robot clockLet’s not be shortsighted. Information technology has improved rapidly and many of the tasks that fall under the prospect research umbrella are automated. They are. Wealth screenings have replaced me as the first course of action in a small organization. They have. No use crying over it. And it’s not going to stop there. So how do we stay relevant in our field?

Find >> Analyze >> Synthesize

We researchers like to use the word analysis to justify our role, but we need to do even more than that. According to Merriam Webster, analysis is an explanation of the nature and meaning of something. But synthesis is something that is made by combining different things such as ideas.

Yes, we need to analyze information to point out the pieces that are relevant to fundraising – whether that is in a profile, trends in our relationship management system, or statistical analysis of our database.

But what if we could learn to take it a step further and routinely synthesize the information, churning out insights that our development officers can act on? It would be another step towards job security, that’s what!

What might that look like?

Charlie is a good prospect for a legacy gift. He has announced he will be retiring in five years. When he retires he will receive a lump sum payment of all of his restricted stock units in the company’s deferred compensation plan, which is currently valued at around $45 million. He has been a top executive for fifteen years and is not likely to be relying upon that sum for retirement and may be interested in ways to offset tax liabilities.

You are not just analyzing and preparing the pieces of information in that profile, you are doing that PLUS putting the different pieces together to create a new idea: he is a good legacy gift prospect.








Janice is a good prospect to leverage for peer giving. She is past president of the local Chamber of Commerce and has the most relationships with others in your prospect pool. She has a high wealth rating and served as co-chair for the campaign of Local Organization.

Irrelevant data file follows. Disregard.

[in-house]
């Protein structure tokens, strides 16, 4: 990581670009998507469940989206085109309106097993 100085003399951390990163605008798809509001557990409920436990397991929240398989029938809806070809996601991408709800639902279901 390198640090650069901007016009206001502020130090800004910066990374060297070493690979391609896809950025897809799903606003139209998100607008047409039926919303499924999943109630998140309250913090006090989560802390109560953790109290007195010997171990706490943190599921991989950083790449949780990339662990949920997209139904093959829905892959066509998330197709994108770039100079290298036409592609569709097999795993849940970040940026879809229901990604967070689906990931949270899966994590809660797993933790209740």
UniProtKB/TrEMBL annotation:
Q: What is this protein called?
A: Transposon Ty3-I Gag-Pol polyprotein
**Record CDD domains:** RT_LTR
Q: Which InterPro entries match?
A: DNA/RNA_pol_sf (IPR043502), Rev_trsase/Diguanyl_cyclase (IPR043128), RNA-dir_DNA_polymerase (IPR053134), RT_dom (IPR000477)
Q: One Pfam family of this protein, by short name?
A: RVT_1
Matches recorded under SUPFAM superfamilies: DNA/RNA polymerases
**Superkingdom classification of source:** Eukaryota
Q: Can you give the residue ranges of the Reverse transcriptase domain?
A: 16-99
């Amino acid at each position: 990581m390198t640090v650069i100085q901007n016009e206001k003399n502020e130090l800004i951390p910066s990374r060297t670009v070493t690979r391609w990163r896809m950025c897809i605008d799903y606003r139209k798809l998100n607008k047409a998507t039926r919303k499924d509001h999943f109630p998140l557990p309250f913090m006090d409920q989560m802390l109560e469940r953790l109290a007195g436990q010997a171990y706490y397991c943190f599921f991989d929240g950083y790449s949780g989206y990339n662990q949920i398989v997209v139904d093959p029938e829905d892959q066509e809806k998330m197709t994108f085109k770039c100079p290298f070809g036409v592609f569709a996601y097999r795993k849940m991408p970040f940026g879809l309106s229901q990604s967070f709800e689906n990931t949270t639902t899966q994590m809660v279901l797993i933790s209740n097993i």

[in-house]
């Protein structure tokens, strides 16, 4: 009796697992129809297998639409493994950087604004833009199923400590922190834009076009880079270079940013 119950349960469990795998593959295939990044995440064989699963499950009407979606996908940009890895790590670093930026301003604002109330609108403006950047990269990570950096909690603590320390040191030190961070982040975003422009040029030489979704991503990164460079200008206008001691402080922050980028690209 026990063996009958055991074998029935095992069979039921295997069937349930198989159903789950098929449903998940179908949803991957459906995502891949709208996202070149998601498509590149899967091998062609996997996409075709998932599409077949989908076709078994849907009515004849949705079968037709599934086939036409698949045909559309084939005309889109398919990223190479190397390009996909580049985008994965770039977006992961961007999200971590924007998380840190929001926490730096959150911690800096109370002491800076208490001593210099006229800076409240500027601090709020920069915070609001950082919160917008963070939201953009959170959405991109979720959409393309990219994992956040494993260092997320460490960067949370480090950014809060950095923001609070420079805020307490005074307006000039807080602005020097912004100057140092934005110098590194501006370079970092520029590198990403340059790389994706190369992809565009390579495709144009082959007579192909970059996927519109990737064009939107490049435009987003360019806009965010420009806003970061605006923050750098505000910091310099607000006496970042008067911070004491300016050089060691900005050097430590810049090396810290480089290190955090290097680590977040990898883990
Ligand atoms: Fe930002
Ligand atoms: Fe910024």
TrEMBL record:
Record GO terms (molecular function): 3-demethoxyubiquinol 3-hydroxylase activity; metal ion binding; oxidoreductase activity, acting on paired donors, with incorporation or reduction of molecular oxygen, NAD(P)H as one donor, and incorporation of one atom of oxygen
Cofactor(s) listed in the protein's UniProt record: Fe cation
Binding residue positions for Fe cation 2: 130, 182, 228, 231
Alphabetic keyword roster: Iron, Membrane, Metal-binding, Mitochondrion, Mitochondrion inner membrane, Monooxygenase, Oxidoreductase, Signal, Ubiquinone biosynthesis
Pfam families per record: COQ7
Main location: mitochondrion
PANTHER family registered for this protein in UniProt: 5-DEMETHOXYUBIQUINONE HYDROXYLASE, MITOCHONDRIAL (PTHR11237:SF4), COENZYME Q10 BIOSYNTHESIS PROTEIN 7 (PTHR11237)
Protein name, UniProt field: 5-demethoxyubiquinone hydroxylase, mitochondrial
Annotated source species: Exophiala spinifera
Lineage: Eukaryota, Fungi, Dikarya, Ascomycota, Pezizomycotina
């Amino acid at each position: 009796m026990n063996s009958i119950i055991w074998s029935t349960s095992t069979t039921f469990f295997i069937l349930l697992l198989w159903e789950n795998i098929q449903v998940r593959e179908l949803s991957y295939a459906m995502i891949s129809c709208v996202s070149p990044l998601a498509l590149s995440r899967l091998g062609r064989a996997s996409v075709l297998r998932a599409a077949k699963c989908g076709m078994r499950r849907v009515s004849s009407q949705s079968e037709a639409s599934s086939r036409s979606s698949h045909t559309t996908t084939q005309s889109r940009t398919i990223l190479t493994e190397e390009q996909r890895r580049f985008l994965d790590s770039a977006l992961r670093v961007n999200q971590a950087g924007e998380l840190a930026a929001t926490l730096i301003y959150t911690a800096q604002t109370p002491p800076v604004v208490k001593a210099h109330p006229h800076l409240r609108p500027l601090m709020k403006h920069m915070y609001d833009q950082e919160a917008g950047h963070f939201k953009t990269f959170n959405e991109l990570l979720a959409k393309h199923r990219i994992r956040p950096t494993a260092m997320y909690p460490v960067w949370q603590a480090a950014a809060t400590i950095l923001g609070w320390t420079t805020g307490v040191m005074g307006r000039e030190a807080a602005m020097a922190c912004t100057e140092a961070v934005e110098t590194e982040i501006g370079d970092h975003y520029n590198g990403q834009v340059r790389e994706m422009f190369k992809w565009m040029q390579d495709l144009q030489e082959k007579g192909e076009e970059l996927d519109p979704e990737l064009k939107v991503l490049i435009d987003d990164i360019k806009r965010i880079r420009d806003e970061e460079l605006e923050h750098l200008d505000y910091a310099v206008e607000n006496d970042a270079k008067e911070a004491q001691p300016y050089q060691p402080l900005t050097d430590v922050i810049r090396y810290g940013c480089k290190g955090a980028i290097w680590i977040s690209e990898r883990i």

Applying external data to evaluate the prospects in your development officer’s pipeline is not enough anymore. Not if you are capable of pulling those external pieces together into a recommended action that will move her entire pipeline forward.






We should run an additional analysis to identify women major gift prospects. In this table are the prospects that have the highest predictive value for making a major gift to our campaign, but only one percent of them are women. Sixty-five percent of our active donors are women and as of 2009 women controlled 39% of U.S. wealth with predictions of that number increasing.

Sometimes the method of analysis is technically accurate and perfectly defective. It takes a curious mind and some sincere synthesis to process information in both micro and macro environments and make a recommendation.







Practice, Practice, Practice … and Be Bold!

It’s likely that no-one has ever explicitly taught you to synthesize the information and provide recommendations. You may have even been made to feel foolish or been chided for providing recommendations in the past.

Be Bold! Oil your feathers and let the water roll off of them! You won’t get better at this skill if you don’t practice. And when your insights and recommendations are shot down (and they will be at least once because development officers don’t always share what they know with us), shake off the embarrassment and write down what you learned.

When you recognize that you, I mean you the individual, are a really amazing person, then you can also recognize that you may or may not be good at providing insights and recommendations. That’s okay. You weren’t good at cursive either, until you practiced. (Do children still learn cursive in school?).

So forget your fear of failure and start practicing the art and science of providing insights and recommendations. Synthesize that data baby!